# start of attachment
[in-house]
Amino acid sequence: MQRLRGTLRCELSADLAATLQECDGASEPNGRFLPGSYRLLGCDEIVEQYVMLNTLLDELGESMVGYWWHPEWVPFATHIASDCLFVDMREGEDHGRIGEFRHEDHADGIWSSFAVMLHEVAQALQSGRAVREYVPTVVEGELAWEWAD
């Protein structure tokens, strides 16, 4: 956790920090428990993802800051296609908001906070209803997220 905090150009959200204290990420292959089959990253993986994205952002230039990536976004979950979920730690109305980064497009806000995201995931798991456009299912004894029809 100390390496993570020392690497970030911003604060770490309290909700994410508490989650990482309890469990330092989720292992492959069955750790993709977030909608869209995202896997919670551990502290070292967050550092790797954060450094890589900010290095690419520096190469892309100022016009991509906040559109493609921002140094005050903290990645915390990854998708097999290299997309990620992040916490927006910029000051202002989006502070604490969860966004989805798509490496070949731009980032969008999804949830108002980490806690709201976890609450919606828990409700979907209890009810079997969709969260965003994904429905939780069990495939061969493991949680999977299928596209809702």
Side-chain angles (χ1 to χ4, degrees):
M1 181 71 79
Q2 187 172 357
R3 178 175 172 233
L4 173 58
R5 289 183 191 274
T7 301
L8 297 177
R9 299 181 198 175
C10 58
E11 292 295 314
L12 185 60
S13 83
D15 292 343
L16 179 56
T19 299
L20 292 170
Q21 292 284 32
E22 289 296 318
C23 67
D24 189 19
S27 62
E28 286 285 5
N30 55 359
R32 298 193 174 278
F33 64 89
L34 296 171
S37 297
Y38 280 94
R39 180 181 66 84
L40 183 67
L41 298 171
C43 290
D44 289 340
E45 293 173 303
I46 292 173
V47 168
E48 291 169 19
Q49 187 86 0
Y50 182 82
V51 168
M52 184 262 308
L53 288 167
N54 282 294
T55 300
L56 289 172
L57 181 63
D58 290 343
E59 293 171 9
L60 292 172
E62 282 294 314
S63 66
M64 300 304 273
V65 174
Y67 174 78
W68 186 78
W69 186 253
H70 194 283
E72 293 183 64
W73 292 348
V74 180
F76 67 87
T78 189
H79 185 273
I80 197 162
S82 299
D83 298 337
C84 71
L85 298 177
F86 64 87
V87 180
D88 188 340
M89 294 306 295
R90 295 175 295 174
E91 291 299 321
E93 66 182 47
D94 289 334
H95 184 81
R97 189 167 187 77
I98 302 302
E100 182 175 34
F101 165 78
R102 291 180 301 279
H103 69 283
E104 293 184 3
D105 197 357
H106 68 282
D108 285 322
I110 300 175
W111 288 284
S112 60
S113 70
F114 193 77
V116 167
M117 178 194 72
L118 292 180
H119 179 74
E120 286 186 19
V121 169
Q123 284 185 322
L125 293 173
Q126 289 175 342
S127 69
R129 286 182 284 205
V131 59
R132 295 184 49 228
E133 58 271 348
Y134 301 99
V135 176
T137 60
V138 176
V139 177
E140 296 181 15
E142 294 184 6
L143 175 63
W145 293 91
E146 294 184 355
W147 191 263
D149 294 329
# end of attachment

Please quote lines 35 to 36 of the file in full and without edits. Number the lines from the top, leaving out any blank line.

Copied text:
L41 298 171
C43 290